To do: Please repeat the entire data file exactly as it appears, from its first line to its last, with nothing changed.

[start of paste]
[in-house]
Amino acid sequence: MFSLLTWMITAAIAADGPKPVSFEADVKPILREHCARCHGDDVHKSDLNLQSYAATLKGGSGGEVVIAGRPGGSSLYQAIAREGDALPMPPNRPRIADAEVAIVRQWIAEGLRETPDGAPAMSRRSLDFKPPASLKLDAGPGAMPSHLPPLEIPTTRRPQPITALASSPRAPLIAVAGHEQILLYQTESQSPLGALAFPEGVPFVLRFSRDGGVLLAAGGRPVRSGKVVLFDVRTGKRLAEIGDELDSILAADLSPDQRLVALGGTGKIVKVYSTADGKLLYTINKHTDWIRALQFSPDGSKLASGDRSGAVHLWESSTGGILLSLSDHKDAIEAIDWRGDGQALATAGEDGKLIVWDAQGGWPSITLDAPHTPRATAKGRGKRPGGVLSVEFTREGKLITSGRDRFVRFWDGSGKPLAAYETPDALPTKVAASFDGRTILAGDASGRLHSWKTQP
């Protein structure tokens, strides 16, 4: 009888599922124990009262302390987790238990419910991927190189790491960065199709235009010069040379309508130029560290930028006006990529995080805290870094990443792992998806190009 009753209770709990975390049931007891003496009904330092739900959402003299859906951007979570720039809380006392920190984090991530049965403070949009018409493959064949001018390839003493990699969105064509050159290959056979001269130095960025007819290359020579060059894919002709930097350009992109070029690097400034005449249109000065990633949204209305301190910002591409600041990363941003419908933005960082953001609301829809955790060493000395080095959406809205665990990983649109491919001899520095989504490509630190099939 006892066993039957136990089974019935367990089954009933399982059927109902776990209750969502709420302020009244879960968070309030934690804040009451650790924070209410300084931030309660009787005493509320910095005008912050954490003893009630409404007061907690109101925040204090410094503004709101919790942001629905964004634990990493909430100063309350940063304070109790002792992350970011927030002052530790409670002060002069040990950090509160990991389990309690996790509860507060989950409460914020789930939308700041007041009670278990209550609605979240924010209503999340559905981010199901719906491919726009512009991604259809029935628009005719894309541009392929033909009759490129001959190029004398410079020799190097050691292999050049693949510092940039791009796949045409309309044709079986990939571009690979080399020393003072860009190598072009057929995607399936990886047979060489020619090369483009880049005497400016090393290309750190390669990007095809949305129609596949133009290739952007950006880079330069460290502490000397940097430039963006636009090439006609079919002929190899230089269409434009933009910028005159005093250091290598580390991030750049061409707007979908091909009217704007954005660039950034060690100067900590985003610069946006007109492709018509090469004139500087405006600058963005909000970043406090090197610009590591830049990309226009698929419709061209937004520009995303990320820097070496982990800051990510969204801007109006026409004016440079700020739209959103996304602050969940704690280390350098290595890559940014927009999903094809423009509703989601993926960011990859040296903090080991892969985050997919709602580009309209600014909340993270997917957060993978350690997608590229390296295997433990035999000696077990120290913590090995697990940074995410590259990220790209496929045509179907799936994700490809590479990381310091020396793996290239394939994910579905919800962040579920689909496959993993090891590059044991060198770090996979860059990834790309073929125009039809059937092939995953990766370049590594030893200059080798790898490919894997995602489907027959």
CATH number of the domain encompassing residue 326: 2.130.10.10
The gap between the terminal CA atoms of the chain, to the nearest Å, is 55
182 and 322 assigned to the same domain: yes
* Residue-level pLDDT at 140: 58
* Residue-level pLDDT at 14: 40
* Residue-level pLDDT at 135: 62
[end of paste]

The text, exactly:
[in-house]
Amino acid sequence: MFSLLTWMITAAIAADGPKPVSFEADVKPILREHCARCHGDDVHKSDLNLQSYAATLKGGSGGEVVIAGRPGGSSLYQAIAREGDALPMPPNRPRIADAEVAIVRQWIAEGLRETPDGAPAMSRRSLDFKPPASLKLDAGPGAMPSHLPPLEIPTTRRPQPITALASSPRAPLIAVAGHEQILLYQTESQSPLGALAFPEGVPFVLRFSRDGGVLLAAGGRPVRSGKVVLFDVRTGKRLAEIGDELDSILAADLSPDQRLVALGGTGKIVKVYSTADGKLLYTINKHTDWIRALQFSPDGSKLASGDRSGAVHLWESSTGGILLSLSDHKDAIEAIDWRGDGQALATAGEDGKLIVWDAQGGWPSITLDAPHTPRATAKGRGKRPGGVLSVEFTREGKLITSGRDRFVRFWDGSGKPLAAYETPDALPTKVAASFDGRTILAGDASGRLHSWKTQP
């Protein structure tokens, strides 16, 4: 009888599922124990009262302390987790238990419910991927190189790491960065199709235009010069040379309508130029560290930028006006990529995080805290870094990443792992998806190009 009753209770709990975390049931007891003496009904330092739900959402003299859906951007979570720039809380006392920190984090991530049965403070949009018409493959064949001018390839003493990699969105064509050159290959056979001269130095960025007819290359020579060059894919002709930097350009992109070029690097400034005449249109000065990633949204209305301190910002591409600041990363941003419908933005960082953001609301829809955790060493000395080095959406809205665990990983649109491919001899520095989504490509630190099939 006892066993039957136990089974019935367990089954009933399982059927109902776990209750969502709420302020009244879960968070309030934690804040009451650790924070209410300084931030309660009787005493509320910095005008912050954490003893009630409404007061907690109101925040204090410094503004709101919790942001629905964004634990990493909430100063309350940063304070109790002792992350970011927030002052530790409670002060002069040990950090509160990991389990309690996790509860507060989950409460914020789930939308700041007041009670278990209550609605979240924010209503999340559905981010199901719906491919726009512009991604259809029935628009005719894309541009392929033909009759490129001959190029004398410079020799190097050691292999050049693949510092940039791009796949045409309309044709079986990939571009690979080399020393003072860009190598072009057929995607399936990886047979060489020619090369483009880049005497400016090393290309750190390669990007095809949305129609596949133009290739952007950006880079330069460290502490000397940097430039963006636009090439006609079919002929190899230089269409434009933009910028005159005093250091290598580390991030750049061409707007979908091909009217704007954005660039950034060690100067900590985003610069946006007109492709018509090469004139500087405006600058963005909000970043406090090197610009590591830049990309226009698929419709061209937004520009995303990320820097070496982990800051990510969204801007109006026409004016440079700020739209959103996304602050969940704690280390350098290595890559940014927009999903094809423009509703989601993926960011990859040296903090080991892969985050997919709602580009309209600014909340993270997917957060993978350690997608590229390296295997433990035999000696077990120290913590090995697990940074995410590259990220790209496929045509179907799936994700490809590479990381310091020396793996290239394939994910579905919800962040579920689909496959993993090891590059044991060198770090996979860059990834790309073929125009039809059937092939995953990766370049590594030893200059080798790898490919894997995602489907027959």
CATH number of the domain encompassing residue 326: 2.130.10.10
The gap between the terminal CA atoms of the chain, to the nearest Å, is 55
182 and 322 assigned to the same domain: yes
* Residue-level pLDDT at 140: 58
* Residue-level pLDDT at 14: 40
* Residue-level pLDDT at 135: 62